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Salt: Friend or Foe?

June 10 2013

Salt: Friend or Foe?
By: Debra Meszaros
Body Performance Coach- ClubMX

Out of all the myths surrounding diet, there is no one statement more misleading then “salt is bad for you”.
Did you know salt is essential for life; meaning you cannot live without it?
There are forms of salt that are damaging, and forms that are healing.
Which one is on your plate?

There are two main categories of salt, processed and natural. Processed salts are regular table salt and salts found in processed foods. The sodium you see listed on that canned vegetable or soup is the damaging salt. Processed salt is 98% sodium chloride and 2% man-made chemicals. This is not the salt your body relies on for function. Instead, pure, hand-mined, minimally processed sea salt is the category of salt the body utilizes for its biological processes. All natural sea salt contains 85% natural sodium chloride and 15% naturally occurring trace minerals. I advise you to check your ingredient labels to make sure anti-caking agents have not been added to your natural sea salt.

The balancing act:

Sodium is a major component of your blood and lymph fluid. It maintains and regulates blood pressure, transports nutrients in and out of your cells, helps with creative thinking and long term planning. The focus of building and maintaining health is balance, and the synergistic workings of the human body rely on proper ratios of nutrients. Overusing sodium can disturb the balance of potassium and sodium. Most processed foods are low in potassium and high in sodium, so whole natural foods are a better choice for balancing.

Potassium, sodium’s partner, is primarily found inside your cells while sodium is primarily found outside the cell. This balance is essential for proper nerve impulse transmission, muscle contraction, and heart function. Too much sodium can result in inadequate amounts of potassium which can than lead to excess urinary excretion of calcium. The adequate intake for potassium is 4700 mg for an adult, but if the diet is not balanced, this number may not suffice. The recommended ratio of potassium to sodium is 2:1.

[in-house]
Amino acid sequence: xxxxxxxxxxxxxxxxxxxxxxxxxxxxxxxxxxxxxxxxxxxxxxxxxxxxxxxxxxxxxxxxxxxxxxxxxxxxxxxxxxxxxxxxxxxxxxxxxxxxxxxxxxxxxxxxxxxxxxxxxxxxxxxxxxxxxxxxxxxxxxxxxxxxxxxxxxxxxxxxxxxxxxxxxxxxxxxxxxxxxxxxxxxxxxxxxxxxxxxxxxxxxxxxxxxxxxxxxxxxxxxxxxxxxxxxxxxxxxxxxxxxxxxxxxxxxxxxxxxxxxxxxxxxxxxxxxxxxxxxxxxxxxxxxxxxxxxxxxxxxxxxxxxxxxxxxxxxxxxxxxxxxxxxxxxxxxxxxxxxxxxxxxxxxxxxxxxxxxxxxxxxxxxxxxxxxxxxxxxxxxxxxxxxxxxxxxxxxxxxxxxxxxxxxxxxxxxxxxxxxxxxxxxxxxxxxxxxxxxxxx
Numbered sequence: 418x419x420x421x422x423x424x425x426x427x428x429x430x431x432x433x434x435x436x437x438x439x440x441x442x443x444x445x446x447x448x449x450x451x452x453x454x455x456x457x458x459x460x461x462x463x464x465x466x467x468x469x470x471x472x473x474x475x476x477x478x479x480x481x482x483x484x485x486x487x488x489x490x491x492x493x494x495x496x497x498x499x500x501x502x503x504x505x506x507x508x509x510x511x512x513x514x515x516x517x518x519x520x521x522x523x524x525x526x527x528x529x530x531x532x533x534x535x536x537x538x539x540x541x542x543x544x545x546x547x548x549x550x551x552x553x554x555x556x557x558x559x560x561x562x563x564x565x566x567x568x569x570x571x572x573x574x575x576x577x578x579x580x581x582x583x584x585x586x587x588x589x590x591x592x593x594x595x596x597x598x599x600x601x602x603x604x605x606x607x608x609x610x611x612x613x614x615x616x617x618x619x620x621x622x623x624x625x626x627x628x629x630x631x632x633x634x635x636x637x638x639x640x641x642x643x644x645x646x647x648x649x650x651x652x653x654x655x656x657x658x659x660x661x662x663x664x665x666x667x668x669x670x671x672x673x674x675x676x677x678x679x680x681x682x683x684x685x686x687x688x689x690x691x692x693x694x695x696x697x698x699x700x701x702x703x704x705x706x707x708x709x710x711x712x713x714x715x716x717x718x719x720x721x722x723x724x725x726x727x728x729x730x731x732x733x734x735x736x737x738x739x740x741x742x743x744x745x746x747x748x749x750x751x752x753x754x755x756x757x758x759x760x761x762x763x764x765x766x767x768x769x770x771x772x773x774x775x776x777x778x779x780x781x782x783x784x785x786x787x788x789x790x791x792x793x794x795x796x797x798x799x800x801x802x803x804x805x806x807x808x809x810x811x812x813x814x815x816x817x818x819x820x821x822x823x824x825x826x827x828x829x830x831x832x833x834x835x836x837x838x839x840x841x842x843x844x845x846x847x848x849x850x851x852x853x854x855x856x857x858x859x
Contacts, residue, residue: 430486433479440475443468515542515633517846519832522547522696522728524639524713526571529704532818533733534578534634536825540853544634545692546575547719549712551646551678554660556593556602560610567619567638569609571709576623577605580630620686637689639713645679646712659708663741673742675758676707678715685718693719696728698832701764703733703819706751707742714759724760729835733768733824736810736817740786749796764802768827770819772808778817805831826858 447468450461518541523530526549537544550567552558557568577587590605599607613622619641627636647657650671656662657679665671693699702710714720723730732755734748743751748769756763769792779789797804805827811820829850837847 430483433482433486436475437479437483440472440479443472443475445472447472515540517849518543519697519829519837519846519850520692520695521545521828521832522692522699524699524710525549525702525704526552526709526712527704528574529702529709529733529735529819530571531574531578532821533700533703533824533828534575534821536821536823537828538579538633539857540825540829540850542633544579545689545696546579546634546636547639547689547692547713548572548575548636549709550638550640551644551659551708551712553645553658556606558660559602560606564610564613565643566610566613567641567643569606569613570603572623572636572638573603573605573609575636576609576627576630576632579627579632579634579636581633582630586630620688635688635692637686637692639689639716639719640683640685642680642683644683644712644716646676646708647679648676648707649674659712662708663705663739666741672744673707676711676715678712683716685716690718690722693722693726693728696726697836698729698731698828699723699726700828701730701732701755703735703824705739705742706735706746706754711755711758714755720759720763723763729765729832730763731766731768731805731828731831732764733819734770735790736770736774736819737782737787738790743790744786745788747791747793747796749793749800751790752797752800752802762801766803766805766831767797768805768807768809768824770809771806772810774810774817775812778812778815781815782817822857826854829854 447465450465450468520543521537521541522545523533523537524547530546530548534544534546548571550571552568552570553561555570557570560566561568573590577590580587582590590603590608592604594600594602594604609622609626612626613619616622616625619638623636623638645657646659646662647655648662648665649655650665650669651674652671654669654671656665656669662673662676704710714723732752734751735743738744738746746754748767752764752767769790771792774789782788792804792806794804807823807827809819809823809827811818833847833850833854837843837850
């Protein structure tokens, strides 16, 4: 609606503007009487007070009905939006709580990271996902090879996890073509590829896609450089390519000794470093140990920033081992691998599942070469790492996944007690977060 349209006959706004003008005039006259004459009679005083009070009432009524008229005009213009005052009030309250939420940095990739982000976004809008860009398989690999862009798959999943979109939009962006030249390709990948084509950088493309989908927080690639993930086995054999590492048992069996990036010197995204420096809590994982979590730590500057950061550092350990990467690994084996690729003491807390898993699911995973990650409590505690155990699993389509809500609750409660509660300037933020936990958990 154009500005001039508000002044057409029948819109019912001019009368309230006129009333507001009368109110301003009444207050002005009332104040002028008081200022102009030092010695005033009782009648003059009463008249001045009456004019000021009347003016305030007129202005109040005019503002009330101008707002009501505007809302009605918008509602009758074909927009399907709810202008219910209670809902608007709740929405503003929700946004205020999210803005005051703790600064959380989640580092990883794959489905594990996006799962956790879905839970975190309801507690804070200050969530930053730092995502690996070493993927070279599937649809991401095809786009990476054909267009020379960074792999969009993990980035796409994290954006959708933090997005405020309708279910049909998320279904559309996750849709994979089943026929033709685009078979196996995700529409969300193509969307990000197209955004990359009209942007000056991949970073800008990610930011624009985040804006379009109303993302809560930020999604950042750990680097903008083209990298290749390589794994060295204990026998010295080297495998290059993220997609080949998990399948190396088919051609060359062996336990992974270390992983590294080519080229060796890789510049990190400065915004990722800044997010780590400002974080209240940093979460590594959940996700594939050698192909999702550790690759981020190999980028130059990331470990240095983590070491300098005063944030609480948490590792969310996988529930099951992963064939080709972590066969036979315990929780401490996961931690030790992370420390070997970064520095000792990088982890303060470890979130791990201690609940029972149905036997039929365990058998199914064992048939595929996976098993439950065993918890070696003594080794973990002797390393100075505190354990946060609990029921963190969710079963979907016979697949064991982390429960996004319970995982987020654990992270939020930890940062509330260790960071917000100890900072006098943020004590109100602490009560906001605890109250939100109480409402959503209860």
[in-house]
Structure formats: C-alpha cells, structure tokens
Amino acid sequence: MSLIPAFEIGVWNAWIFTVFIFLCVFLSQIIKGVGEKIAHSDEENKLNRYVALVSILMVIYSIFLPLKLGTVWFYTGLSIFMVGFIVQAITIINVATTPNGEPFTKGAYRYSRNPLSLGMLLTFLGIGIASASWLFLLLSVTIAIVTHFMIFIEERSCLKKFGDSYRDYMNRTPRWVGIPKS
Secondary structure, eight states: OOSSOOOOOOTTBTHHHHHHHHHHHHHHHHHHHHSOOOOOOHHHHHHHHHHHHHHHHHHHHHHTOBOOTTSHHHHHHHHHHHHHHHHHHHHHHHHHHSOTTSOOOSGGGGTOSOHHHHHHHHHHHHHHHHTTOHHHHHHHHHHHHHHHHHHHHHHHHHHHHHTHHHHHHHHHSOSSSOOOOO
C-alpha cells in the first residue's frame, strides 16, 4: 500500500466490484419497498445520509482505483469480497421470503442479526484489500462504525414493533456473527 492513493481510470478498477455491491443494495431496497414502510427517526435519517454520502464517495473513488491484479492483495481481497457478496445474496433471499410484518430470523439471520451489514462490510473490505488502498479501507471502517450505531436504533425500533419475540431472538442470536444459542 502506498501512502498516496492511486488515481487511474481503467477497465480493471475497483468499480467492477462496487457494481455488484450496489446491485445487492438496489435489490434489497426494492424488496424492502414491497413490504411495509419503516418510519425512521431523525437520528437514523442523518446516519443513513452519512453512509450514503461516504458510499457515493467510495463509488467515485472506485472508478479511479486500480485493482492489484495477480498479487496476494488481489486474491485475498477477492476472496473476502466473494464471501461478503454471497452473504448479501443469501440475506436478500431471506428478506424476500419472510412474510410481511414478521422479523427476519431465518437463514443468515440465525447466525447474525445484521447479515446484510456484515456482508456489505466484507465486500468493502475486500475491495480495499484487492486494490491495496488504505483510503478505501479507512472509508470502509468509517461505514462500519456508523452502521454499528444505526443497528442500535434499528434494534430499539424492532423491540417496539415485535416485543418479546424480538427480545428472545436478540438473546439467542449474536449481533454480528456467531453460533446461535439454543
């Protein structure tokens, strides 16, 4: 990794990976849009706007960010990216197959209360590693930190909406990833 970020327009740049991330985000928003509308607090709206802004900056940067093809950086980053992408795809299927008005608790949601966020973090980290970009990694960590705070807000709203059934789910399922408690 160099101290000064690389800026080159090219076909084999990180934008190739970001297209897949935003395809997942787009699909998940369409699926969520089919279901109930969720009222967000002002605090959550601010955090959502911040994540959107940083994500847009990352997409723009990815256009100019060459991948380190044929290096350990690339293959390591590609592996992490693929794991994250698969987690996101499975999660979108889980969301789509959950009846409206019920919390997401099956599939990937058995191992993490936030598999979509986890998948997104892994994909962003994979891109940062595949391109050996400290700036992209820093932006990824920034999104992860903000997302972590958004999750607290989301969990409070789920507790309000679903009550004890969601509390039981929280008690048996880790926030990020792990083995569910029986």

Mineral balances are very important to the body, and if you lead an active lifestyle or are an athlete, choosing the proper foods to replenish the minerals you loose through sweating is vital to achieving balance. Drink plenty of mineral water, eat fresh vegetables, fruits, and avoid diuretics. If your appetite is low, than explore options like mineral supplementation.

So be aware of what’s inside that salt shaker before you use it!

©2013 Debra Meszaros All rights reserved; no duplication without permission.
DISCLAIMER: When you read through the diet and lifestyle information, you must know that everything within it is for informational purposes only and is not intended as a substitute for advice from your physician or other health care professional. I am making no attempt to prescribe any medical treatment. You should not use the information here for diagnosis or treatment of any health problem or for prescription of any medication or other treatment. The products and the claims made about specific products have not been evaluated by the United States Food and Drug Administration and are not intended to diagnose, treat, cure or prevent disease. You should consult with a healthcare professional before starting any diet, exercise or supplementation program, before taking any medication, or if you have or suspect you might have a health problem. Confirm the safety of any supplements with your M.D., N.D. or pharmacist (healthcare professional). Some information given is solely an opinion, thought and or conclusion based on experiences, trials, tests, assessments or other available sources of information. I do not make any guarantees or promises with regard to results. I may discuss substances that have not been subject to double blind clinical studies or FDA approval or regulation. You assume the responsibility for the decision to take any natural remedy.
You and only you are responsible if you choose to do anything with the information you have read. You do so at your own risk. I encourage you to make your own health decisions based upon your research and in partnership with a qualified health care professional